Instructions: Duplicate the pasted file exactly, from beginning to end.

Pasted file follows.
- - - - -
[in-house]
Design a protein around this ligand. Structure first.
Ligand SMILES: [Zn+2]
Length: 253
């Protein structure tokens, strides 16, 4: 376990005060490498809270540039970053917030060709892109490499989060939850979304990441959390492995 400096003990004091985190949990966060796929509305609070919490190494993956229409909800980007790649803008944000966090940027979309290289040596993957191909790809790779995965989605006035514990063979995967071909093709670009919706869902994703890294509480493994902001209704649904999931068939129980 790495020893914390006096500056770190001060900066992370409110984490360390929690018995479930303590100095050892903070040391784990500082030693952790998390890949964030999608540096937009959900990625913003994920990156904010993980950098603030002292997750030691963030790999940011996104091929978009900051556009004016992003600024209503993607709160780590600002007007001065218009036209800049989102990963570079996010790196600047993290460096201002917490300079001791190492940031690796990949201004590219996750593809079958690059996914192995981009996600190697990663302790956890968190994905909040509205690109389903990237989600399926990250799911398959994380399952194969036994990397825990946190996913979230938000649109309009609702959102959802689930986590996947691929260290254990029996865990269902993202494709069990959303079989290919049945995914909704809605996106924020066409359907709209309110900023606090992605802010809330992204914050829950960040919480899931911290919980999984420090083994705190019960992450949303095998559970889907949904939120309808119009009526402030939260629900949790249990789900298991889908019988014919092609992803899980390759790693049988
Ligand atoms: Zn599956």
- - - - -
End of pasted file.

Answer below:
[in-house]
Design a protein around this ligand. Structure first.
Ligand SMILES: [Zn+2]
Length: 253
């Protein structure tokens, strides 16, 4: 376990005060490498809270540039970053917030060709892109490499989060939850979304990441959390492995 400096003990004091985190949990966060796929509305609070919490190494993956229409909800980007790649803008944000966090940027979309290289040596993957191909790809790779995965989605006035514990063979995967071909093709670009919706869902994703890294509480493994902001209704649904999931068939129980 790495020893914390006096500056770190001060900066992370409110984490360390929690018995479930303590100095050892903070040391784990500082030693952790998390890949964030999608540096937009959900990625913003994920990156904010993980950098603030002292997750030691963030790999940011996104091929978009900051556009004016992003600024209503993607709160780590600002007007001065218009036209800049989102990963570079996010790196600047993290460096201002917490300079001791190492940031690796990949201004590219996750593809079958690059996914192995981009996600190697990663302790956890968190994905909040509205690109389903990237989600399926990250799911398959994380399952194969036994990397825990946190996913979230938000649109309009609702959102959802689930986590996947691929260290254990029996865990269902993202494709069990959303079989290919049945995914909704809605996106924020066409359907709209309110900023606090992605802010809330992204914050829950960040919480899931911290919980999984420090083994705190019960992450949303095998559970889907949904939120309808119009009526402030939260629900949790249990789900298991889908019988014919092609992803899980390759790693049988
Ligand atoms: Zn599956």